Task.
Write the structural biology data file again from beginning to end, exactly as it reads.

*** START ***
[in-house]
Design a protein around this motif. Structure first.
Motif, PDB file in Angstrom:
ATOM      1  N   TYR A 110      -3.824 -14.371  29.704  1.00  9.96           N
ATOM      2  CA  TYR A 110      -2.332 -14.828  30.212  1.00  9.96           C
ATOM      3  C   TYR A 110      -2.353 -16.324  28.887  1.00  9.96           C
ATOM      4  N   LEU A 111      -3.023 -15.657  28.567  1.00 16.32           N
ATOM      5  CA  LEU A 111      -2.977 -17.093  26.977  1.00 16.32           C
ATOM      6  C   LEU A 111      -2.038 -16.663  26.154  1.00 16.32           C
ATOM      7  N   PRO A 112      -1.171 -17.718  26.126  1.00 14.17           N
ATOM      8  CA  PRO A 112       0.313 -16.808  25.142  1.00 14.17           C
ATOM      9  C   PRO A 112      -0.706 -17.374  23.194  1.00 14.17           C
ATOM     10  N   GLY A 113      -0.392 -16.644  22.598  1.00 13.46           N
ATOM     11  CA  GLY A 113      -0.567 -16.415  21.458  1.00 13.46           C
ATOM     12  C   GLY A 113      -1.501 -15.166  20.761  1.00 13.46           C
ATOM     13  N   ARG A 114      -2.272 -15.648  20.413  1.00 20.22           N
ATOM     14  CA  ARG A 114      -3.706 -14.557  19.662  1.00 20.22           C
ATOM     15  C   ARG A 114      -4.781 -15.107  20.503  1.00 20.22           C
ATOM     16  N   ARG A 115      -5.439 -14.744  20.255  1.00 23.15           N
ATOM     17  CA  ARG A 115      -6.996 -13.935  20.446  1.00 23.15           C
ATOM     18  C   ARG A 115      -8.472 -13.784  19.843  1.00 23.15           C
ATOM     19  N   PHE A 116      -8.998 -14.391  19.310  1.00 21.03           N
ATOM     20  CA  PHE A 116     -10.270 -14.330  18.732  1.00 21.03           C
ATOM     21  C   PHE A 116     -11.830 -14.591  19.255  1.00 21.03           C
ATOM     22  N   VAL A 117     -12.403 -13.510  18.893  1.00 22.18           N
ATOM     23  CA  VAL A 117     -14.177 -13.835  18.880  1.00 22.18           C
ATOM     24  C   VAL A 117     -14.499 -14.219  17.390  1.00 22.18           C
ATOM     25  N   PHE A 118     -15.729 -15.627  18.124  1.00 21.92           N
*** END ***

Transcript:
[in-house]
Design a protein around this motif. Structure first.
Motif, PDB file in Angstrom:
ATOM      1  N   TYR A 110      -3.824 -14.371  29.704  1.00  9.96           N
ATOM      2  CA  TYR A 110      -2.332 -14.828  30.212  1.00  9.96           C
ATOM      3  C   TYR A 110      -2.353 -16.324  28.887  1.00  9.96           C
ATOM      4  N   LEU A 111      -3.023 -15.657  28.567  1.00 16.32           N
ATOM      5  CA  LEU A 111      -2.977 -17.093  26.977  1.00 16.32           C
ATOM      6  C   LEU A 111      -2.038 -16.663  26.154  1.00 16.32           C
ATOM      7  N   PRO A 112      -1.171 -17.718  26.126  1.00 14.17           N
ATOM      8  CA  PRO A 112       0.313 -16.808  25.142  1.00 14.17           C
ATOM      9  C   PRO A 112      -0.706 -17.374  23.194  1.00 14.17           C
ATOM     10  N   GLY A 113      -0.392 -16.644  22.598  1.00 13.46           N
ATOM     11  CA  GLY A 113      -0.567 -16.415  21.458  1.00 13.46           C
ATOM     12  C   GLY A 113      -1.501 -15.166  20.761  1.00 13.46           C
ATOM     13  N   ARG A 114      -2.272 -15.648  20.413  1.00 20.22           N
ATOM     14  CA  ARG A 114      -3.706 -14.557  19.662  1.00 20.22           C
ATOM     15  C   ARG A 114      -4.781 -15.107  20.503  1.00 20.22           C
ATOM     16  N   ARG A 115      -5.439 -14.744  20.255  1.00 23.15           N
ATOM     17  CA  ARG A 115      -6.996 -13.935  20.446  1.00 23.15           C
ATOM     18  C   ARG A 115      -8.472 -13.784  19.843  1.00 23.15           C
ATOM     19  N   PHE A 116      -8.998 -14.391  19.310  1.00 21.03           N
ATOM     20  CA  PHE A 116     -10.270 -14.330  18.732  1.00 21.03           C
ATOM     21  C   PHE A 116     -11.830 -14.591  19.255  1.00 21.03           C
ATOM     22  N   VAL A 117     -12.403 -13.510  18.893  1.00 22.18           N
ATOM     23  CA  VAL A 117     -14.177 -13.835  18.880  1.00 22.18           C
ATOM     24  C   VAL A 117     -14.499 -14.219  17.390  1.00 22.18           C
ATOM     25  N   PHE A 118     -15.729 -15.627  18.124  1.00 21.92           N